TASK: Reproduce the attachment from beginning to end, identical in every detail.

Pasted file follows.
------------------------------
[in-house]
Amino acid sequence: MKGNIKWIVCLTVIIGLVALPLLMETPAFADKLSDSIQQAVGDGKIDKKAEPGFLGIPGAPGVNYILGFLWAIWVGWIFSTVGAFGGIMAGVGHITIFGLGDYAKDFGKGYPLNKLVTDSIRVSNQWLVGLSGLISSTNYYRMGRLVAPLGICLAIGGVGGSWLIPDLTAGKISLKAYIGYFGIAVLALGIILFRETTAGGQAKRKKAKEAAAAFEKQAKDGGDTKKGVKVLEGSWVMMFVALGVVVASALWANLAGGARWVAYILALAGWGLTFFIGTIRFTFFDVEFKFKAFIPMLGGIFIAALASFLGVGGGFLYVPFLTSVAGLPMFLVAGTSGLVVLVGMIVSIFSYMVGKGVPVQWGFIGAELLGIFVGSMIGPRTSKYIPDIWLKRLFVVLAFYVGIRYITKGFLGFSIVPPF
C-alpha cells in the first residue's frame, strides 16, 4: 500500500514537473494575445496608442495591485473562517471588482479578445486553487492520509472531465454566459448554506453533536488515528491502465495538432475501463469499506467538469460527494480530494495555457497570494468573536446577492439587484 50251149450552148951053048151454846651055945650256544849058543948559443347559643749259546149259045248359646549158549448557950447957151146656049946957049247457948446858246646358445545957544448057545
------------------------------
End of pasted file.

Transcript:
[in-house]
Amino acid sequence: MKGNIKWIVCLTVIIGLVALPLLMETPAFADKLSDSIQQAVGDGKIDKKAEPGFLGIPGAPGVNYILGFLWAIWVGWIFSTVGAFGGIMAGVGHITIFGLGDYAKDFGKGYPLNKLVTDSIRVSNQWLVGLSGLISSTNYYRMGRLVAPLGICLAIGGVGGSWLIPDLTAGKISLKAYIGYFGIAVLALGIILFRETTAGGQAKRKKAKEAAAAFEKQAKDGGDTKKGVKVLEGSWVMMFVALGVVVASALWANLAGGARWVAYILALAGWGLTFFIGTIRFTFFDVEFKFKAFIPMLGGIFIAALASFLGVGGGFLYVPFLTSVAGLPMFLVAGTSGLVVLVGMIVSIFSYMVGKGVPVQWGFIGAELLGIFVGSMIGPRTSKYIPDIWLKRLFVVLAFYVGIRYITKGFLGFSIVPPF
C-alpha cells in the first residue's frame, strides 16, 4: 500500500514537473494575445496608442495591485473562517471588482479578445486553487492520509472531465454566459448554506453533536488515528491502465495538432475501463469499506467538469460527494480530494495555457497570494468573536446577492439587484 50251149450552148951053048151454846651055945650256544849058543948559443347559643749259546149259045248359646549158549448557950447957151146656049946957049247457948446858246646358445545957544448057545